High-speed Low-power Digital-to-Analog Converter Using InP Heterojunction Bipolar Transistor Technology for Next-generation Optical Transmission Systems
We have developed a high-speed low-power 6-bit digital-to-analog converter (DAC) for next-generation optical transmission systems. To achieve both high-speed and low-power performance, we used a simple R-2R ladder-based current-steering architecture and devised a new timing alignment technique. A DAC test chip was fabricated using our in-house InP-based heterojunction bipolar transistor (HBT) technology. It operates at a sampling rate of up to 28 giga-samples per second (GS/s) with low-power consumption of 0.95 W and achieves a better figure of merit (0.53 pJ per conversion step) than any other previously reported DAC with a sampling rate above 20 GS/s. It also provides a clear multilevel modulated signal and can be applied to post-100-Gbit/s/ch multilevel optical transmission systems.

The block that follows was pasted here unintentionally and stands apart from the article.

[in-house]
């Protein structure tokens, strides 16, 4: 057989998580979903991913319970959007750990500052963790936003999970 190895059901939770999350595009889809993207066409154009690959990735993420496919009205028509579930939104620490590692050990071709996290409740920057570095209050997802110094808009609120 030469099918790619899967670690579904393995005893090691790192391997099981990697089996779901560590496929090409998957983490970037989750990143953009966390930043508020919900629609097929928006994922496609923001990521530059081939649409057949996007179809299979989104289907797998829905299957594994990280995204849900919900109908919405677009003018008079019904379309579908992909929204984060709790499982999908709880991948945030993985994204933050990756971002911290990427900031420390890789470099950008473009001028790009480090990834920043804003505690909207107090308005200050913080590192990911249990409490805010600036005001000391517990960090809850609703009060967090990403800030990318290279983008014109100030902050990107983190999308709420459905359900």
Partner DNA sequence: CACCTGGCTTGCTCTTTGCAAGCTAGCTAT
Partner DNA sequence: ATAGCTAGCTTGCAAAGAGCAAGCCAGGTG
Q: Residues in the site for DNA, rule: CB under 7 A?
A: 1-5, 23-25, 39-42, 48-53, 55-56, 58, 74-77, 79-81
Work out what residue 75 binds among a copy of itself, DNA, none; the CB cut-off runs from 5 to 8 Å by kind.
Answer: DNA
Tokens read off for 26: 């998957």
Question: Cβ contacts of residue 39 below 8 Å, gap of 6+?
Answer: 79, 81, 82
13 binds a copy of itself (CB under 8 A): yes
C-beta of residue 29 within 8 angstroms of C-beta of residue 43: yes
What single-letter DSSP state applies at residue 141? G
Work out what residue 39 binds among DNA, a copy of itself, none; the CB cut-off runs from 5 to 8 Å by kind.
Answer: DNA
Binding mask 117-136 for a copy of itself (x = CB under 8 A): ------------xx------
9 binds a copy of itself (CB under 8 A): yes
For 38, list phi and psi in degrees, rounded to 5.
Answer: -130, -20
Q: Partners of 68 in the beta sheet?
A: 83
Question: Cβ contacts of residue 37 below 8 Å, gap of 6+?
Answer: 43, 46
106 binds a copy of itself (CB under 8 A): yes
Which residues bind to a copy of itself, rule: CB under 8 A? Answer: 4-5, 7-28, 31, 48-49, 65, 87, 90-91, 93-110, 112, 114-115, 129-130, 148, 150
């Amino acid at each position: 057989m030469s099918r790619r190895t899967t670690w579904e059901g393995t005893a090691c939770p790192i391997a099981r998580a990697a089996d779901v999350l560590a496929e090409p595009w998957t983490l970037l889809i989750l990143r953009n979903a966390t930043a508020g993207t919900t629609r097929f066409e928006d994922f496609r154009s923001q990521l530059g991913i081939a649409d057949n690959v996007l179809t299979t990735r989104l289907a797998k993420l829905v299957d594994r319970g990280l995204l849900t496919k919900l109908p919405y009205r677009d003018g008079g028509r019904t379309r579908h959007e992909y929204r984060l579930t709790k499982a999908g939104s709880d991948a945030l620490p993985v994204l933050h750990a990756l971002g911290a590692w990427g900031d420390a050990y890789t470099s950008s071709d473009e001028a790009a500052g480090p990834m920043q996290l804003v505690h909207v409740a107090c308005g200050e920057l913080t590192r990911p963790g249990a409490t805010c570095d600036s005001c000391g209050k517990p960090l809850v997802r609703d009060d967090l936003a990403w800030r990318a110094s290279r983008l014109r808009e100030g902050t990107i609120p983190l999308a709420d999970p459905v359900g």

Coherent optical data transmission schemes with multilevel modulation formats are now attracting a great deal of attention and are being investigated in terms of suitability for future cost-effective optical transport networks. High-order multilevel modulation formats, such as 16-QAM and 64-QAM (QAM: quadrature amplitude modulation), are especially promising techniques for constructing post-100-Gbit/s/ch optical transmission systems –. An example of a transmitter for such systems is shown in Fig. 1. In the transmitter, high-speed digital-to-analog converters (DACs) are key components for generating modulated signals. DAC performance requirements depend on the target bit rate and the modulation format. For example, for a 160-Gbit/s/ch-class polarization-division-multiplexing (PDM) 16-QAM system, which has a baud rate of 20 Gbaud, a sampling rate of above 20 giga-samples per second (GS/s) and a resolution of 6 bits or more are needed.